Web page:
24/7 Support Line - Call Now
Free Insurance Verification
Verify your treatment coverage

What are Some of Ritalin’s Street Names?

Ritalin is a well-known drug among teenagers and college students because it’s easy to get on the streets. While it's a legal prescription drug, street selling of Ritalin is highly prohibited. For this reason, street names for Ritalin, like skippy or Vitamin R, are used to conceal its illegal sale.

10 Minutes Read | Published Aug 02 2023 | Updated Feb 15 2024 Expert Verified
Emma Collins
Written by
Dr. Ash Bhatt
Reviewed by
Emma Collins
Written by
Dr. Ash Bhatt
Reviewed by

Misuse of Ritalin can lead to medical risks like palpitations, hypertension, weight loss, and heart attack. So it’s essential to know as soon as possible if someone is abusing Ritalin.  

Read on to learn more about the uses, effects, and common street names for Ritalin. 

What is Ritalin?

Ritalin is a brand name for the prescription drug methylphenidate, a stimulant treatment drug for people with Attention-Deficit Hyperactivity Disorder (ADHD) and some symptoms of Parkinson’s disease. Ritalin was first marketed around 1954 and was originally intended for chronic fatigue and narcolepsy, but eventually, doctors found this drug best for symptoms of ADHD.

Ritalin stimulates the brain's chemicals dopamine and norepinephrine, which are responsible for one’s attention span, focus, pleasure, and movement. So basically, this drug helps people with ADHD to concentrate and enhance their ability to focus on their tasks.

However, some people use Ritalin recreationally. Since it’s a nervous system stimulant, Ritalin can bring euphoria and wakefulness, which can be very addictive due to frequent use.

For instance, a working professional like a doctor, soldier, or lawyer can use Ritalin to become more mentally alert during stressful situations. Also, students dealing with extreme academic stress can resort to Ritalin use to cram reviewing during examinations or finishing their academic requirements.

Is Ritalin a Legal Drug?

Ritalin is completely legal as it is proven safe and effective medication for ADHD symptoms. However, legal consumption of Ritalin must be under the direction of a licensed physician. 

What’s illegal is abusing Ritalin, such as purchasing it from street dealers. Ritalin is a Schedule II substance under the Controlled Substances Act (like meth and cocaine), which means that it can be potentially abused and cause serious physical and mental risks.

Is Ritalin Addictive?

Ritalin can be addictive if consumed without the instruction of a physician. The effects of Ritalin on the brain’s dopamine levels can provide a sudden burst of euphoric sensation, especially during the first use.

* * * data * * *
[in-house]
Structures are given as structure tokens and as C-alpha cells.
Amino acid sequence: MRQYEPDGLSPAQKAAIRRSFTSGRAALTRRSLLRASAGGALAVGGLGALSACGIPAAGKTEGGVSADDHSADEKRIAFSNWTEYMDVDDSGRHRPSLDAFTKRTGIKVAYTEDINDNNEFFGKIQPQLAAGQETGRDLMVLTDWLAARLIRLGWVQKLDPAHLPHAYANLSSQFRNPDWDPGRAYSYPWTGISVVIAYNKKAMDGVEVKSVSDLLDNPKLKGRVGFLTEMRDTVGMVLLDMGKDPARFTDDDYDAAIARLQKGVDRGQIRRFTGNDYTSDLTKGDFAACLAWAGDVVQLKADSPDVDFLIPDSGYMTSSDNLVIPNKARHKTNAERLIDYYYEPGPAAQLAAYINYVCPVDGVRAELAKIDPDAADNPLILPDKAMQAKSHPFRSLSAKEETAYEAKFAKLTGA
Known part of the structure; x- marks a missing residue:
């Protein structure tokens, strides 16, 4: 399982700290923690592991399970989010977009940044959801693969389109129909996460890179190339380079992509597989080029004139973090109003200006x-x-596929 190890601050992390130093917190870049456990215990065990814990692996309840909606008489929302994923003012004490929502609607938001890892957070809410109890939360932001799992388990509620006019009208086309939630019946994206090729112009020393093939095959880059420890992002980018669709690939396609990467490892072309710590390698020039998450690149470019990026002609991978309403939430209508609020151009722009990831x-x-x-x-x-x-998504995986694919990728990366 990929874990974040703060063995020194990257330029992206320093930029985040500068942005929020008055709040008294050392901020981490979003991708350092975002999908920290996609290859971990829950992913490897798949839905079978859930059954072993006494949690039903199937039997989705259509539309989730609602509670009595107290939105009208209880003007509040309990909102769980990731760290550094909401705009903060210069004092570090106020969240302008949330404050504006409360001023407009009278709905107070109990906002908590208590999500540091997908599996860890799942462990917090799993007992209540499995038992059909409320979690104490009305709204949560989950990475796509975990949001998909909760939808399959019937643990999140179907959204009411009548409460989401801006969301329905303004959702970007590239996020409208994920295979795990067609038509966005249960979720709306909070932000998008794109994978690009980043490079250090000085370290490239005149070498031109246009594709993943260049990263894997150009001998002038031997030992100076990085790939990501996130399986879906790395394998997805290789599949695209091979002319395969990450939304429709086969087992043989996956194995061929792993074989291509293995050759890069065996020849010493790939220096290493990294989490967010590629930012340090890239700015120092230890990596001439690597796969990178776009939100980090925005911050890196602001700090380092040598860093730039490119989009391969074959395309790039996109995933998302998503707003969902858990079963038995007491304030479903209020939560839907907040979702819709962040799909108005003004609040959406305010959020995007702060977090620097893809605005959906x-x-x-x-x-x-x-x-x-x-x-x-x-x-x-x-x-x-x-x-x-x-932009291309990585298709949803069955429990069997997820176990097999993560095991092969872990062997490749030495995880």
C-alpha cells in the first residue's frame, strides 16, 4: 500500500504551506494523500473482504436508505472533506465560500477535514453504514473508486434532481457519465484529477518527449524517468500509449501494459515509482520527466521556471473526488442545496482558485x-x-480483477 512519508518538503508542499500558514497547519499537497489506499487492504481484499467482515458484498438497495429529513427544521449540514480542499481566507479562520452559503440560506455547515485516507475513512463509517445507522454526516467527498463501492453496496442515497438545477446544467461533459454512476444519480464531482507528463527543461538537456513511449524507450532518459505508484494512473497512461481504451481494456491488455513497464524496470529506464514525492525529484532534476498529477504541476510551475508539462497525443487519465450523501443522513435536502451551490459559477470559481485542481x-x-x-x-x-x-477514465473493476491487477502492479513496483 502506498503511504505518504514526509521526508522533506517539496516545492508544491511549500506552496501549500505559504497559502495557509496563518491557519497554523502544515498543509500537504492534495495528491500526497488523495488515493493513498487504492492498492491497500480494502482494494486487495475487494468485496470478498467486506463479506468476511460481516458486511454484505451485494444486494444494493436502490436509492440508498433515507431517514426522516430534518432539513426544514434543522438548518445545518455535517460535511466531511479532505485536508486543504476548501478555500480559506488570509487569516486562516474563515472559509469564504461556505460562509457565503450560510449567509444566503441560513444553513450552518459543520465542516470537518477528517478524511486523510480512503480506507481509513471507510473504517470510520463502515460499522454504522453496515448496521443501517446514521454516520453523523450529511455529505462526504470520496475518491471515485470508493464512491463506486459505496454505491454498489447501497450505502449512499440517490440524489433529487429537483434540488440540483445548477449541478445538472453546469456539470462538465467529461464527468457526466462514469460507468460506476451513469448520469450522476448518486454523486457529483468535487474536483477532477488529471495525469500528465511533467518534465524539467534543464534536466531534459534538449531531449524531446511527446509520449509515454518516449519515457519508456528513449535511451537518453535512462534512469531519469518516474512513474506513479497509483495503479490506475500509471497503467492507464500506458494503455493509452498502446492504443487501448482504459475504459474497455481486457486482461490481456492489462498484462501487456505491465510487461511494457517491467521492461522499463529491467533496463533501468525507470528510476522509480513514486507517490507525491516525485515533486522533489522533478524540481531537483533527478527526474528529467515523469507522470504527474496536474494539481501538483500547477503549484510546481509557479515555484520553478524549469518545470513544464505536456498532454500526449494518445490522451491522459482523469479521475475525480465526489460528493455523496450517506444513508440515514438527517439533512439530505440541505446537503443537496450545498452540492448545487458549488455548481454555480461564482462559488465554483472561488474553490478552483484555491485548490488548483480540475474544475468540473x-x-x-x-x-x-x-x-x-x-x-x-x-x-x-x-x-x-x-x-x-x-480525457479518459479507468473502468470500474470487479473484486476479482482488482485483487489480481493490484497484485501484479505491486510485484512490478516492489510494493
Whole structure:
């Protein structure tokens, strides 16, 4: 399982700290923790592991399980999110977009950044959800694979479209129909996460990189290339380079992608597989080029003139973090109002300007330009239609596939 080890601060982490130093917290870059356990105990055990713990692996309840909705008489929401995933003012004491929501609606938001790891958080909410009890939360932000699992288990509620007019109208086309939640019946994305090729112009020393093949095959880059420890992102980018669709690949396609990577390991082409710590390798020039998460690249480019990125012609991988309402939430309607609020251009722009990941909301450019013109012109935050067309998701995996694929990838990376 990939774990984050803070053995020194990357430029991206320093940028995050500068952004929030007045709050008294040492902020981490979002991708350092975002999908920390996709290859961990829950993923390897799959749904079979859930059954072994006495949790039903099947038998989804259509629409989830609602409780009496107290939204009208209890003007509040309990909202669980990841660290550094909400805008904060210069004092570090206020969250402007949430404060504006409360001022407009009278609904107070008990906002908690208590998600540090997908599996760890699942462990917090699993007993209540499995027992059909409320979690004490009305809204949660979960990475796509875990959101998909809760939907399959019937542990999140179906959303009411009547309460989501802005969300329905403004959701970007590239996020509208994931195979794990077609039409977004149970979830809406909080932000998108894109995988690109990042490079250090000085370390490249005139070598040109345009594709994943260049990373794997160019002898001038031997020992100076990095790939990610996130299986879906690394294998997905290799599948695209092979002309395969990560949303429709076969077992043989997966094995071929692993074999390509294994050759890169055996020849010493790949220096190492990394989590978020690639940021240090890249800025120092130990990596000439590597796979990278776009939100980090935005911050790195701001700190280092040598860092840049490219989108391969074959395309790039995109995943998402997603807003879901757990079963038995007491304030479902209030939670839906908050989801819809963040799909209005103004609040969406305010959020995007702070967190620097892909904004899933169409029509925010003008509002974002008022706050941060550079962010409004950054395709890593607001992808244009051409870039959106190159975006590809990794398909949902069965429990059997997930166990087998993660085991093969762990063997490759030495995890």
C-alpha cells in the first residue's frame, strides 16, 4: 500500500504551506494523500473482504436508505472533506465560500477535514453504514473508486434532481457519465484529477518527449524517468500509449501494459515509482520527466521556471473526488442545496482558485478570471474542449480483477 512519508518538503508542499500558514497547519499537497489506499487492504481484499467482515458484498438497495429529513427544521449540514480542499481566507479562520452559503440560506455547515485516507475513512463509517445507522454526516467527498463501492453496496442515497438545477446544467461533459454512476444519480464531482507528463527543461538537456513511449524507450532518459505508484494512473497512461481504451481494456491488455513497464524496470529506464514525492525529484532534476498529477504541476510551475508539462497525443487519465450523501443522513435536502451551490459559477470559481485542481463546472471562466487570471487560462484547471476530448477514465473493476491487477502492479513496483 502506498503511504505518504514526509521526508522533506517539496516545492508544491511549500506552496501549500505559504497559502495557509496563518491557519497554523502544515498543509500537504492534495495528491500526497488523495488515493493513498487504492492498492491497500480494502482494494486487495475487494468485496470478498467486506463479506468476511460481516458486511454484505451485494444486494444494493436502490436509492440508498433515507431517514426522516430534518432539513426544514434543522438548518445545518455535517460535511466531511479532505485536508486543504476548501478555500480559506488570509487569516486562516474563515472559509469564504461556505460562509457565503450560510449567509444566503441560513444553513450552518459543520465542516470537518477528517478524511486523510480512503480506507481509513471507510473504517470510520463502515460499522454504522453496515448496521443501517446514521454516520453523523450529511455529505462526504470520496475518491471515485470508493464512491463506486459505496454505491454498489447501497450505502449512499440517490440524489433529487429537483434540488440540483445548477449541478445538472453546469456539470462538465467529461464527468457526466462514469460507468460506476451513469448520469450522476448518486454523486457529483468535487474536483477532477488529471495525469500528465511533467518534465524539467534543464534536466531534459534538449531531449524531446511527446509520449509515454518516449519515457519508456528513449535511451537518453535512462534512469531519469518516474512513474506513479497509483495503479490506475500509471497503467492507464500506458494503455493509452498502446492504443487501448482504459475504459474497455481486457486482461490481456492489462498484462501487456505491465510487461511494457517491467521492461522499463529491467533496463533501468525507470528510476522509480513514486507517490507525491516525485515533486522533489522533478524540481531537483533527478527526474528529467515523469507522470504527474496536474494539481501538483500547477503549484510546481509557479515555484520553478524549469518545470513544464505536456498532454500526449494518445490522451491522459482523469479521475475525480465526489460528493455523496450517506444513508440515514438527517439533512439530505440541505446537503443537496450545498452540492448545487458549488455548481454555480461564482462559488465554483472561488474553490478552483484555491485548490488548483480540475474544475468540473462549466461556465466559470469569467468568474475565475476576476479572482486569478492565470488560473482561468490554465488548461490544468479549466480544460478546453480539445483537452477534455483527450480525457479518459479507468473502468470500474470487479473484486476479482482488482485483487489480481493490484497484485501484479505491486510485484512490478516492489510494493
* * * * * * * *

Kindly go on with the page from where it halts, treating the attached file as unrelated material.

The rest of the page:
So people who use Ritalin for non-medical purposes usually try to replicate that “pleasure burst” by consuming higher doses of Ritalin over time, leading to drug addiction. Eventually, prolonged Ritalin intake makes someone tolerant of the drug, so the person continues to increase the dosage in hopes of reaching the same sensation again.

When a person becomes addicted to Ritalin, it can be difficult for them to stop taking the drugs. At this point, it’s not advisable to suddenly stop Ritalin consumption as it may lead to severe withdrawal symptoms. A treatment specialist has to guide the patient in terminating their Ritalin use gradually. 

What are the Common Nicknames for Ritalin?

By using street names, illegal drug dealers can sneakily discuss and sell Ritalin to buyers. Here are some of Ritalin’s street aliases so you’ll be aware if someone illicitly trades the drug on the street. 

Kiddie Cocaine

Ritalin is a popular substance abused by children because they can “legally” obtain it from their parents or nurses. The prominence of Ritalin among kids gave birth to its nickname, “Kiddie Cocaine.”

The use of this term was quite popular even 20 years ago. In 2002, 6 sixth graders at a Rhode Island Middle School and 5 students from a Florida High School were caught abusing prescription ADHD medicine, including Ritalin. 


An “Upper” is a slang term for a stimulant drug, a substance that can boost one’s energy, alertness, mood, libido, and self-confidence. Since Ritalin pills are stimulants, people also called them “Uppers.”


Ritalin is a small pill that comes in three different colors: pale yellow (for 5 mg tablets), pale green (for 10 mg tablets), and white (for 20 mg tablets). This drug resembles a popular candy brand called “Smarties,” which are almost the same size and shape as an aspirin tablet. For this reason, illegal dealers also called Ritalin “Smarties.” 


Skittles is also a candy brand like Smarties; they are round, small, and colorful, just like the Ritalin tablets. Some young people call their “drug gatherings” “Skittle parties,” where they consume stimulants like Ritalin, Concerta, or Adderall to get “high.”

Vitamin R

Vitamin R is obviously Vitamin “Ritalin,” as the drug resembles vitamin tablets. The nickname might also be due to the stimulant effect of a drug, just like how vitamins strengthen one’s body. Some students who abuse Ritalin also refer to it as the “cramming drug” as it helps them to stay awake during examinations or finals week.


“Speed” is a slang term typically used for methamphetamine, which is a stimulant drug. Since Ritalin also has a similar stimulant effect to meth, some also use the term “speed” to refer to these pills.

Diet Coke

It’s not common to use this nickname for Ritalin, but some still use it because of Ritalin’s energy-boosting effect that is similar to what a diet Coke or a caffeinated soda can provide.

Poor Man’s Cocaine

Ritalin is chemically similar to cocaine and can induce the same stimulant effect. However, Ritalin is cheaper and easier to obtain as it’s a legal prescription drug. Thus, “Poor Man’s Cocaine” is a common nickname for Ritalin.

Other Street Names of Ritalin

Ritalin has many more aliases on the streets:

  • R-Ball

  • Rids

  • Pineapple

  • Kibbles and Bits

  • R Pop

  • Jif

  • MPH

  • Smart Drug

  • West Coast

How Ritalin Can Be Abused?

Ritalin can be abused by using it other than for medical purposes.